I have had the pleasure of meeting a lot of great hard working Americans over the years. Social media has helped me reach people with whom I probably would not have met otherwise.
US manufacturing is our passion and the same rings true with Co-owner and President of Obsidian Manufacturing Industries Inc., Sue Nordman. Usually I jump on the phone and speak to manufacturing leaders directly, but Sue has a full schedule and was kind enough to do an email Q&A for me.
Please tell our readers a little bit about yourself and then tell us about your role at Obsidian Manufacturing Industries, Inc.
Manufacturing always has been close to my heart with my family having established strong roots in the industry years before me. My father and husband created the foundation I center my leadership style on daily.
I have only been in a leadership role at Obsidian Mfg since March 2018. Prior to that, I was a part-time employee.
At that time, I was in a position that was very much behind the scenes doing all the accounting and managing the office. My husband was the sole shareholder of the company until I started full time work in 2018.
We both agreed in 2007 when he started the company that my focus would remain on raising on our three children and he would put all his energy into running the company.
By the time our youngest had graduated high school, he was feeling burned out while I was feeling ready to reenter the full-time workforce. So, we formed a plan, and I became the majority shareholder in March 2018.
It has worked out well for both of us because my husband has been able to focus more on what he likes to do, and I get up every morning and head to a job that I love. I like the administrative role and he never really did.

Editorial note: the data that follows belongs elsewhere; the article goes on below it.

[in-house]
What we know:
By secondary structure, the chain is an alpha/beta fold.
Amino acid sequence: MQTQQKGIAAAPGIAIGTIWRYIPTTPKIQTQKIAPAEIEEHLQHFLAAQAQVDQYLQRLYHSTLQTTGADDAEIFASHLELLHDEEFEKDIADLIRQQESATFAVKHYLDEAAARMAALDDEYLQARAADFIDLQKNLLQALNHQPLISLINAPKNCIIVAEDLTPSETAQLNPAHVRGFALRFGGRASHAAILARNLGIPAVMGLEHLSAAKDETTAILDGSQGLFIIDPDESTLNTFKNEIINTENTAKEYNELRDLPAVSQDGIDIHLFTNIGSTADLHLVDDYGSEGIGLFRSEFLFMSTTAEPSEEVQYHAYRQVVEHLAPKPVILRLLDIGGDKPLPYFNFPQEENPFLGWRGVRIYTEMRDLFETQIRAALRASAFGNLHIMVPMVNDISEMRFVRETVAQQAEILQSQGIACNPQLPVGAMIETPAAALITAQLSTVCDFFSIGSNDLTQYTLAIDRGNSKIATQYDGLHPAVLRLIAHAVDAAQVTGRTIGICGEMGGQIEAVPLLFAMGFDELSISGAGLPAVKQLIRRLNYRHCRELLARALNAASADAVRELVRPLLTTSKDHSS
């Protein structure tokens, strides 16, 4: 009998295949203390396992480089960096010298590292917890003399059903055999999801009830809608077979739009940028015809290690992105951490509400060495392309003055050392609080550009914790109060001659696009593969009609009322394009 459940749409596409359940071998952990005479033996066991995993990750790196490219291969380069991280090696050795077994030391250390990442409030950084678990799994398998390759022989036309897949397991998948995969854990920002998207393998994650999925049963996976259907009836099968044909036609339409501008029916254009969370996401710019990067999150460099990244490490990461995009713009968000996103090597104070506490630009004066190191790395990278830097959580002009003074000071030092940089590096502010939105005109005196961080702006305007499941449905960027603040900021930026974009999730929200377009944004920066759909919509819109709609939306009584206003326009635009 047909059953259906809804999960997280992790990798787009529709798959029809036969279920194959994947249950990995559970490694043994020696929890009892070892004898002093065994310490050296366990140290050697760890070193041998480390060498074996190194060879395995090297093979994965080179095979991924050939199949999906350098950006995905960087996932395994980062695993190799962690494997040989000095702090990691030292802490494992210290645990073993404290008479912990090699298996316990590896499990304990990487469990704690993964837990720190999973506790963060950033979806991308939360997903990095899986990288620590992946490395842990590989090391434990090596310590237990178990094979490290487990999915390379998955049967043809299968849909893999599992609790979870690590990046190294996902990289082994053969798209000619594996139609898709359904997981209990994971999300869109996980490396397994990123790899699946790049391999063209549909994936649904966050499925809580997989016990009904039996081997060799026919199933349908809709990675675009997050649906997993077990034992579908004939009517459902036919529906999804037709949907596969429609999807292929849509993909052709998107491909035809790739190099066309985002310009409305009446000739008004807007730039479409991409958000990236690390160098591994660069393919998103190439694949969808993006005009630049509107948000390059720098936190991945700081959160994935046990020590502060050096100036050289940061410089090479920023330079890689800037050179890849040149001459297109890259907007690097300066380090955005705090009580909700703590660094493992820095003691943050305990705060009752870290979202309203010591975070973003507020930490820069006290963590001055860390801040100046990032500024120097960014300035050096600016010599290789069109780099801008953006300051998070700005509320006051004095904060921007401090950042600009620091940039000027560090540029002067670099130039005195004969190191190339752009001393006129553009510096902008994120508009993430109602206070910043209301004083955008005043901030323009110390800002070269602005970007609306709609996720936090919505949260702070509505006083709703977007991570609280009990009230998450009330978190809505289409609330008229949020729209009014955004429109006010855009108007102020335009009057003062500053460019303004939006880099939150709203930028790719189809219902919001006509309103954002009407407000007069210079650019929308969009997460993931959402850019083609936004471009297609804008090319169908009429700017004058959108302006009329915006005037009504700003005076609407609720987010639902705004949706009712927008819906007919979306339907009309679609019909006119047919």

As far as what I do at ObsidianMfg, I touch all aspects of the company daily. I’m a very hands-on leader.
How long has Obsidian been in business?
We were incorporated in 2007 under the name of one of our brands. In 2010 we added two more brands. In 2018 we added yet another brand.
At that point, we really felt like we needed a generic name for the company so our brands could each stand alone. With the original name and then the additions of the other brands, it didn’t seem right to have a brand owning the other brands.
The year 2018 brought some big changes for our company including becoming woman owned. In 2019 we added still another part of our business by purchasing the assets of a grinding shop that had went out of business.
What does Obsidian manufacture?
We manufacture work-holding products and provide repair services under the Magna-Lock USA brand. We also manufacture, certify and repair lifting magnets under the brands of MagnaLift and Power-Grip. And, lastly, we manufacture, rebuild and make spare parts for Arter Precision Grinding Machines. We are the OEM of all 4 brands.
We moved to our current location in May 2019 when we purchased the equipment of the former tenant of the building, Stieg Grinding Corporation. We acquired 3 Mattison Machine Works grinders and one Hanchett rotary grinder and added them to the Mattison grinder we already owned to create a small grind shop. Our grinding services are under the brand ObsidianMfg Grinding Services.
How many employees do you have?
Not enough and currently looking for more! We have been floating somewhere around 10 to 12 employees. At one time we employed nearly 15 which is an accomplishment with only starting out with three in 2007. Our move in 2019 and then the pandemic hitting just a few months later really slowed things down for us.
Why is US manufacturing so important for your company and brands?
Each of our brands have their own stories but they all share the common quality that they have always been manufactured on American soil. None of them throughout all their different ownerships have ever been offshored.